Russell Maliphant, one of the country’s leading choreogrpahers, will be presenting a second season of dance at Print Room Coronet this March.
maliphantworks2 is five duets, four performed live in the venue’s intimate theatre space and the fifth, a new film installation, in the studio.
Maliphant is known for his liquid sculptural choreography combining the precision of ballet with the weighted qualities of contemporary dance and martial arts. Working with lighting designer Michael Hulls, he creates architectural on-stage worlds of light and form.
Maliphant has created a new work, as yet untitled, for himself and longtime collaborator and muse, Dana Fouras. This will be the first time they have performed together in London for 15 years.
Two times Two is a duet created from an iconic solo originally made on Fouras in 1997 and also danced by Sylvie Guillem in 2011’s Push. Fouras is joined by Grace Jabbari for the duet which is performed to the original score by Andy Cowton.
Critical Mass was created in 1998 for Maliphant and then-DV8 dancer Robert Tannion and also performed by Ballet Boyz in 2001. Here it is performed by Maliphant and Dickson Mbi to music by Richard English and Andy Cowton
Still, a duet from 2013 created for Dickson Mbi and Carys Staton. This time Mbi performs with Grace Jabbari. Video projections by Jan Urbanowski play an integral part in the choreography. Music is by Armand Amar and costumes by Stevie Stewart
In the venue’s studio is a video installation created using footage of Maliphant and Fouras from a work originally conceived by Tim Etchells and Hugo Glendinning. The original footage was shot on location in the Irish Sea for a production of Dido and Aeneas at Bruges Opera House in 2003.
KCW readers can see Russell and these performances on Tuesday 6th to Saturday 17th March.
Below is a Q&A with Russell himself:
You had a successful season at the Print Room at the Coronet in 2017 and you’re coming back again in March. Why do you like this venue so much?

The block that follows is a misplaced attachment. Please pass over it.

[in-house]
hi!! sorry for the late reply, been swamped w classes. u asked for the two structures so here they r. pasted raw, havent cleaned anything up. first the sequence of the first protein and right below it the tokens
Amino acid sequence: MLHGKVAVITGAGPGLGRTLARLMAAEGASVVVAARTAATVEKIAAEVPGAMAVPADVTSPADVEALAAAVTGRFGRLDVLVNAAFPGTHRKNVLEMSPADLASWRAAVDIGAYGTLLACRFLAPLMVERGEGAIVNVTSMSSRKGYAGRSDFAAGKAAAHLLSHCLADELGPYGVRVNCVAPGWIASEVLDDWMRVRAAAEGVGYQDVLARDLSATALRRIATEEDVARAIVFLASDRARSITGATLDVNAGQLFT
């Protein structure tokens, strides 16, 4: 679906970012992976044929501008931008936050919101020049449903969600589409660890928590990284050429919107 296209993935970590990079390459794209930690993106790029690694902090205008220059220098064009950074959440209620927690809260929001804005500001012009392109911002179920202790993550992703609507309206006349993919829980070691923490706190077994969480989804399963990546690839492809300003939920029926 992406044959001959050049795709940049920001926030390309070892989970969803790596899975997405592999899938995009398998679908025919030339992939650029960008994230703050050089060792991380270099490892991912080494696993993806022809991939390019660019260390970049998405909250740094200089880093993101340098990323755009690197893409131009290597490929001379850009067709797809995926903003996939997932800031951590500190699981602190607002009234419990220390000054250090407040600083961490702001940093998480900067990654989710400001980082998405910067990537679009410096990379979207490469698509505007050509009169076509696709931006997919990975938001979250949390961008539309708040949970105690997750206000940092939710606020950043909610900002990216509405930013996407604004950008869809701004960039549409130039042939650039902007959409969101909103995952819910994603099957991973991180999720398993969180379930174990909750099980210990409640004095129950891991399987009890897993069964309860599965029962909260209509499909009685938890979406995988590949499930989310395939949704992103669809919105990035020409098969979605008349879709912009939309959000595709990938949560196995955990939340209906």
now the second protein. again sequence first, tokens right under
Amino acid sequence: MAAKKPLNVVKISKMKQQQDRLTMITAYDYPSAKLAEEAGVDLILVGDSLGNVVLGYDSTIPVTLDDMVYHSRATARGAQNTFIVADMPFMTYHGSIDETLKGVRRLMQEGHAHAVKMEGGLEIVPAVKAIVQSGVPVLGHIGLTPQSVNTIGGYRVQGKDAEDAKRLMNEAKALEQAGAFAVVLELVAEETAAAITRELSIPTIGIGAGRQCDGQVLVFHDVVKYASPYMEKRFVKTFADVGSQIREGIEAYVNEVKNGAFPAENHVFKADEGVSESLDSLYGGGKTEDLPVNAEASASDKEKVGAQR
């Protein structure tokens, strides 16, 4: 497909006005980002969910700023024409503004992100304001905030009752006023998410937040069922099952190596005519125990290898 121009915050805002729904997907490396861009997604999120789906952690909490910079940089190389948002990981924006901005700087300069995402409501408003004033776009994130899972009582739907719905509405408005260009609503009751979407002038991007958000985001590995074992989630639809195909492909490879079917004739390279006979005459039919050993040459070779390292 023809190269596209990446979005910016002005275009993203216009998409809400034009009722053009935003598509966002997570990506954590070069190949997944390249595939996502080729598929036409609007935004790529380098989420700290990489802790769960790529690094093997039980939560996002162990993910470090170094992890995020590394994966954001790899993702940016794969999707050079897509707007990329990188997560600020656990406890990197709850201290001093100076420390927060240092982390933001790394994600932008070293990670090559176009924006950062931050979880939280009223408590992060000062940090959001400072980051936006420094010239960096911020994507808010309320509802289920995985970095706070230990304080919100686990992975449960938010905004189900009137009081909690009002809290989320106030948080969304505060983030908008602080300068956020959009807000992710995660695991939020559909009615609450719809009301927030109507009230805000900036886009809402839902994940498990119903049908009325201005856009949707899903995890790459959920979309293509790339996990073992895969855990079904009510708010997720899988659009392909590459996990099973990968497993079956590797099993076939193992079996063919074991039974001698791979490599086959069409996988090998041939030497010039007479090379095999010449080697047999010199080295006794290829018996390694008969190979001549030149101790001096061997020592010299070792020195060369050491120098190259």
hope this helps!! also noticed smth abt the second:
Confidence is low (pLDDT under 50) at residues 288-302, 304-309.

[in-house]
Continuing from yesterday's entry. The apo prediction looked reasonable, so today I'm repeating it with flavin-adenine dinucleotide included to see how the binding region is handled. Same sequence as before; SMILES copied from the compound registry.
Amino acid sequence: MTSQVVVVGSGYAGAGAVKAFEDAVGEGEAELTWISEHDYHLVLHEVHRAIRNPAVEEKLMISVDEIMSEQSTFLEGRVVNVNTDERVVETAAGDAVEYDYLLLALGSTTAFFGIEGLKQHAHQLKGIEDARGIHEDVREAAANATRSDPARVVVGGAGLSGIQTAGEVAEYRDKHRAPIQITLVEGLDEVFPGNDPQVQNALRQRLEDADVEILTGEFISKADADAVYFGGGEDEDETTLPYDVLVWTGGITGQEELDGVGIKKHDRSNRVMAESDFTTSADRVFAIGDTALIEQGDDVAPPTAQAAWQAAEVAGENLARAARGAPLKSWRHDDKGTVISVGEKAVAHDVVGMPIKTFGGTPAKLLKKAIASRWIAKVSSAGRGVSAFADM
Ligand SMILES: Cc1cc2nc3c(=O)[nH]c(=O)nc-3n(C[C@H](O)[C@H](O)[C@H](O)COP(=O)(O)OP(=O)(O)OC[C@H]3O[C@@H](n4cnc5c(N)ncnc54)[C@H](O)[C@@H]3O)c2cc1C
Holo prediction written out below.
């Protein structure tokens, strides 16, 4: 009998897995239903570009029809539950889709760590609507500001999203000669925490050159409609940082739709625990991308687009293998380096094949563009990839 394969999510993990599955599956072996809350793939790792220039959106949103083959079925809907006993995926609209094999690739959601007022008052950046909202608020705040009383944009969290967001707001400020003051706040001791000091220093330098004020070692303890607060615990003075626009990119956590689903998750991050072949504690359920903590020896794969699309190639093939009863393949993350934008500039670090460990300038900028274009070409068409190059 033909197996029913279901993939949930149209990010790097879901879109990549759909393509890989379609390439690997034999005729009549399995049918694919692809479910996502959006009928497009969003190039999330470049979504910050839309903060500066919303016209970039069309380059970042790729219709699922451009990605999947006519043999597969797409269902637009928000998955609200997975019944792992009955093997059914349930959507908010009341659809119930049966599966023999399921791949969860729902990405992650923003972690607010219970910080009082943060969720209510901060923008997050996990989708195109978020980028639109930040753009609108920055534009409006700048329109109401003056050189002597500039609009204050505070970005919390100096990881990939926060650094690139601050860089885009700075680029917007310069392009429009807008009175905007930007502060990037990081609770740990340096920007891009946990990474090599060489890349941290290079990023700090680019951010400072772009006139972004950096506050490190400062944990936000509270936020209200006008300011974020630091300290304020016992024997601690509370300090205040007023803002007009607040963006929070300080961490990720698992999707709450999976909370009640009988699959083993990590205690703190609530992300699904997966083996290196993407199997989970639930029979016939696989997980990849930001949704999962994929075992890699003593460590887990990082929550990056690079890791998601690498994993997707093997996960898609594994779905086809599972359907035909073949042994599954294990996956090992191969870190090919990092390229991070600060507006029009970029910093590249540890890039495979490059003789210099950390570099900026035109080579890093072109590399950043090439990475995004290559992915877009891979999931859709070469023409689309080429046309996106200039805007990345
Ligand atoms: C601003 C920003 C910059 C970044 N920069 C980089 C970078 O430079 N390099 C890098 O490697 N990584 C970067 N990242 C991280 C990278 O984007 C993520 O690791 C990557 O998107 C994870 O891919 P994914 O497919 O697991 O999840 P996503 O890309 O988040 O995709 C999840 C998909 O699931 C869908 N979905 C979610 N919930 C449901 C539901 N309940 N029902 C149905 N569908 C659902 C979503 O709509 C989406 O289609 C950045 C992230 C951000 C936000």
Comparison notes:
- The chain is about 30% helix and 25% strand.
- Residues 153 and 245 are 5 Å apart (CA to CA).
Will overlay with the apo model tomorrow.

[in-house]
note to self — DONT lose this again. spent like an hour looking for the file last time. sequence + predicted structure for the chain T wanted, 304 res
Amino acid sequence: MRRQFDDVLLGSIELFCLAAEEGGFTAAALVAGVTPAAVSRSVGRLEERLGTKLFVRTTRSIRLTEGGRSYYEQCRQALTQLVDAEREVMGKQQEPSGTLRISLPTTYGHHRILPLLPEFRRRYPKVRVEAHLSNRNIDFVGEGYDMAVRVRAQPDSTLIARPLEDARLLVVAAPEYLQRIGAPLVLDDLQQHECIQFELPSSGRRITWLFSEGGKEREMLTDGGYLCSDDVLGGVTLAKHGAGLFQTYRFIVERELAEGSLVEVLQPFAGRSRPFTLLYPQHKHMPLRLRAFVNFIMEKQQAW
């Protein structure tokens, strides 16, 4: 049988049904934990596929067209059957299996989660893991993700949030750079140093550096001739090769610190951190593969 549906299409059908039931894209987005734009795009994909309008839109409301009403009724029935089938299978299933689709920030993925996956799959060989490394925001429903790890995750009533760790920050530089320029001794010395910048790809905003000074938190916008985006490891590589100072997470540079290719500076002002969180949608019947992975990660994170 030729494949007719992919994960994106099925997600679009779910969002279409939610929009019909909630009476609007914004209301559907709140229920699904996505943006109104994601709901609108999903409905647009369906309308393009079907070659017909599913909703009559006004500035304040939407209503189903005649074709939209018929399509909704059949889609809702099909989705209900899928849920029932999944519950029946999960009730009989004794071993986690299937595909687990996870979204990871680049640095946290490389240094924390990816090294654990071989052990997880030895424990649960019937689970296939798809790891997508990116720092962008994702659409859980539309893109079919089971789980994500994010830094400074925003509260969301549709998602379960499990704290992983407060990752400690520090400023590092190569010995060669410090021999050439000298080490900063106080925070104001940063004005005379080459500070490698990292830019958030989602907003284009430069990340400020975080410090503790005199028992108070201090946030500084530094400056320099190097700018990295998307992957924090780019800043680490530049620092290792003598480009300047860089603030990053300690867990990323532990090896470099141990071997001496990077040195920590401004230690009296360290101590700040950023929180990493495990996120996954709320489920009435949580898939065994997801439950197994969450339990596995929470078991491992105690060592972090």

The Print Room at the Coronet is a unique theatre with an atmosphere and relationship to the performance space that is unusually intimate for London. As a performer it’s a pleasure to work in lots of different settings to practise your craft. The Print Room’s small performance space means it’s very particular in what it suits – which is why I’m focussing on duets.
The Print Room is quite near to where you live in North West London. What are the advantages to you of working so locally?
It’s unusual in a city the size of London to have much of a local life, so to be able to get from your home to the theatre in 15 minutes, and friends who might not be connected to dance may come along, feels quite special. The Print Room also has a great atmosphere to hang out in after the show so it’s easy to catch up with people over a drink after the show. Knowing you don’t have to trek across London at the end of the evening is a big bonus.
Your show is an evening of duets and one of them is a world premiere. Could you tell us a little bit more about that?
I had recently worked with dancer Dana Fouras on some new material during a period of research and development and I wanted to draw on some of that material to create a short duet for the two of us to sit alongside the other, older, pieces for this Print Room season. Dana and I haven’t had the opportunity to dance a duet together for over 15 years and it’s interesting facing where we were then, where we are now, and what we can draw out of each other.
You have famously worked with some big dance names. How do you choose your dancers?
I often choose my dancers by seeing them in workshops or performances. I teach quite a lot and that’s a good way to see how a dancer deals with material, improvisation or tasks and how we might get along in the studio. I also hold auditions from time to time and often make a selection from watching online films of the dancers before we have studio time for a couple of days. I’ve been involved in dance for a long time and, luckily for me, over the years some of the big names you mention have approached me to work with them.
What’s coming up next for you?
I’m creating a new full evening work for my company which will premiere in 2019. I’m also making a piece in Athens for 18 dancers, some from my company, using both contemporary and Greek traditional dance with phenomenal music by Vangelis. And I’m choreographing for a film with director Jacqui Morris (who I also worked with last year) on a documentary about Nureyev titled Orgy for One which will be released theatrically worldwide later this year.
Print Room at the Coronet
103 Notting Hill Gate, London, W11 3LB
Performance times: 7.30pm (except 7 March at 7pm)
Box Office: 020 3642 6606
Nearest tube: Notting Hill
Length: approximately one hour